NZ study suggests kiwifruit disease source

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NZ study suggests kiwifruit disease source

A report from the University of Otago has alleged that strains of kiwifruit disease Psa found in Europe and New Zealand likely originate from China. kiwi-gold_81835795 _ small

Psa, known as Pseudomonas syringae pv. actinidiae, leads to bacterial canker in kiwifruit vines and has damaged key grower countries like New Zealand and Italy, particularly for more susceptible gold kiwifruit varieties.

For the research article published in the journal PLOS ONE, scientists sequenced the genomes of several strains found around the world.

"Strains from China, Italy, and Portugal have been found to belong to the same clonal lineage with only 6 single nucleotide polymorphisms (SNPs) in 3,453,192 bp and one genomic island distinguishing the Chinese strains from the European strains," the report said.

"Analysis of additional European isolates and of New Zealand isolates exploiting genome-derived markers showed that these strains belong to the same lineage as the Italian and Chinese strains.

"Results are interpreted in regard to the possible direction of movement of the pathogen between countries and suggest a possible Chinese origin of the European and New Zealand outbreaks."

The study pointed out that previous molecular analyses did not include strains from China, but for this analysis two isolates from the Chinese province of Shaanxi were sequenced.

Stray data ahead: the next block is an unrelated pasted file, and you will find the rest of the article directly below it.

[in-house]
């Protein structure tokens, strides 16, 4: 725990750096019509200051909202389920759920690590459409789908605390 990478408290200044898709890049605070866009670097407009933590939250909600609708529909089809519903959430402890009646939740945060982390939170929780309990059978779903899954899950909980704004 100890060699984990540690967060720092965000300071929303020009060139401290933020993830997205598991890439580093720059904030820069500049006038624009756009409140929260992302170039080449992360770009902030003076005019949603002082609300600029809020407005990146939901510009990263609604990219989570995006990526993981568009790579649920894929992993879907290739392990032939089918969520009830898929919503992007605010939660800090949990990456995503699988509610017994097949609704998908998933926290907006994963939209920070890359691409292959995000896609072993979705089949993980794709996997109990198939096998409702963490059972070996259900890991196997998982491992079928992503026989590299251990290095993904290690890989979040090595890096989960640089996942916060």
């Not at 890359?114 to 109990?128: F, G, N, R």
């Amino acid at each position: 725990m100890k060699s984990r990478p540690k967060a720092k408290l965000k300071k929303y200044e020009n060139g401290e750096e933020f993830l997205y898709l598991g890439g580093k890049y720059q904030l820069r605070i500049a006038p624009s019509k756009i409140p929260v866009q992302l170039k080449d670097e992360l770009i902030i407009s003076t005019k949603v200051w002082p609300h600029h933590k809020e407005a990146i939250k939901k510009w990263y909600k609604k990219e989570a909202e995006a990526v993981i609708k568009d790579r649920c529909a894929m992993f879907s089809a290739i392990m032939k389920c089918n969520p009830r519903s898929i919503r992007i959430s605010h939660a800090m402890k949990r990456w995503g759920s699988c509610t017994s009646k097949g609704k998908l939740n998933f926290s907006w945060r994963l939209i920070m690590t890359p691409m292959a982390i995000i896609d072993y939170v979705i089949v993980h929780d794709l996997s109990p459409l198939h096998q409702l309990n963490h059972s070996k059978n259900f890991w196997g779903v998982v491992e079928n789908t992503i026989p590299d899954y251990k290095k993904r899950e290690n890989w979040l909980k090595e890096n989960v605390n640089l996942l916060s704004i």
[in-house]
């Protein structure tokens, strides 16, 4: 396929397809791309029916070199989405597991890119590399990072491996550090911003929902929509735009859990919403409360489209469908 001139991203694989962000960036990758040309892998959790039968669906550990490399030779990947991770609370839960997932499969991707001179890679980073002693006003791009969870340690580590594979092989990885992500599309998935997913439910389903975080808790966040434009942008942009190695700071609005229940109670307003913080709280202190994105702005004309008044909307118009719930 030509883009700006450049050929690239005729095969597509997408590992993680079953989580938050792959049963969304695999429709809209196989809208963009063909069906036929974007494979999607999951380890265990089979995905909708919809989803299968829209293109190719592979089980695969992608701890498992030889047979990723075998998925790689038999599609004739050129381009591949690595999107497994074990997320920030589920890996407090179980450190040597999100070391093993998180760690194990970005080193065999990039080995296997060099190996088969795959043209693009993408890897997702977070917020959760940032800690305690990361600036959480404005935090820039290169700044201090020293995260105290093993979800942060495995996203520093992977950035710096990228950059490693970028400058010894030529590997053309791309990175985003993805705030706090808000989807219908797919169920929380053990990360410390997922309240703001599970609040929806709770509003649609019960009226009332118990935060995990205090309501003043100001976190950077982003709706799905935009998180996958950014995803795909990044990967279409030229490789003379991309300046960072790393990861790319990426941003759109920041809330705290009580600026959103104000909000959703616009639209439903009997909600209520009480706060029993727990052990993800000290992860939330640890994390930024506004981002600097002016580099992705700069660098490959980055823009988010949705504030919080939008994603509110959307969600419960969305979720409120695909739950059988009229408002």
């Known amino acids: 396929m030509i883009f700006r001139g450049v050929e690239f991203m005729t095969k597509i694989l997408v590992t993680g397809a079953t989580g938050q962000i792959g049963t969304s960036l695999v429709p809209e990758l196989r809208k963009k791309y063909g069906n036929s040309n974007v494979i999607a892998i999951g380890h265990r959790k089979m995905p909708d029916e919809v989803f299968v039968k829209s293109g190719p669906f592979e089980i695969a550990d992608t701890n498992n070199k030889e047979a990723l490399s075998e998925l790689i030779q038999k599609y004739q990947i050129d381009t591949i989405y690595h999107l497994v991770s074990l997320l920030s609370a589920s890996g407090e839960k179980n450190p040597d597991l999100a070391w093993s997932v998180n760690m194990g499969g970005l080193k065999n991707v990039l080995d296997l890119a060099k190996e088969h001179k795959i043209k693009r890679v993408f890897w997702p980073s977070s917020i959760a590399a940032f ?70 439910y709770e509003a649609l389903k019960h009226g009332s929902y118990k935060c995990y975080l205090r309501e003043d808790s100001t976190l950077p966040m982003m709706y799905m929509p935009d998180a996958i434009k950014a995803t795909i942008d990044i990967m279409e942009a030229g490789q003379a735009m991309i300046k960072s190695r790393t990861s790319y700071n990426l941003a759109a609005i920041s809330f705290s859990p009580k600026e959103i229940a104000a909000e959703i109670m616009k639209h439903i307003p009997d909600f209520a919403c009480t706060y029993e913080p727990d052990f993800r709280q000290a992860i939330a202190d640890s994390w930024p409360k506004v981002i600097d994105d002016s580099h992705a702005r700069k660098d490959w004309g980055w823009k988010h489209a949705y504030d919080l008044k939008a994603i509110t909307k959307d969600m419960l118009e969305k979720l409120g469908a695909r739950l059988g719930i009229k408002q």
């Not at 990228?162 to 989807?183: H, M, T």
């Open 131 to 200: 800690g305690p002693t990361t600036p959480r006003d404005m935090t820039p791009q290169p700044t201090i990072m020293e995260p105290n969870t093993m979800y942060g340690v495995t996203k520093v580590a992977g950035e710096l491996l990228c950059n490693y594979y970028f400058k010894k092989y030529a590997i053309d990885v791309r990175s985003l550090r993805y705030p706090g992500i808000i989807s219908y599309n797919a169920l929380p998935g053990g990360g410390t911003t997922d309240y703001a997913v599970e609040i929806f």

Researchers still highlighted the exact origin of New Zealand's Psa strain remained an "open question" until complete genome sequences became available, but the similarities were very strong.

"The commercial shipping of yellow flesh kiwifruit vegetative material between China, Europe, and New Zealand during the years preceding the bacterial canker outbreaks provides a possible transmission mechanism of PSA.

"This hypothesis is also supported by the observation that the first Italian outbreak occurred on yellow flesh cultivars.

"However, a recent investigation into possible modes of PSA transmission by the New Zealand Ministry of Agriculture and Forestry deemed this scenario unlikely since all vegetative material imported into New Zealand was kept in quarantine for several years and did not show any canker symptoms."

The report said this meant other forms of transmission besides contaminated vegetative material could not be excluded as possible sources, including dissemination via pollen, equipment, or the long distance movement of the disease through the atmosphere and the water cycle or insects.

Related story: NZ scientist warns of multiple Chinese Psa strain threat




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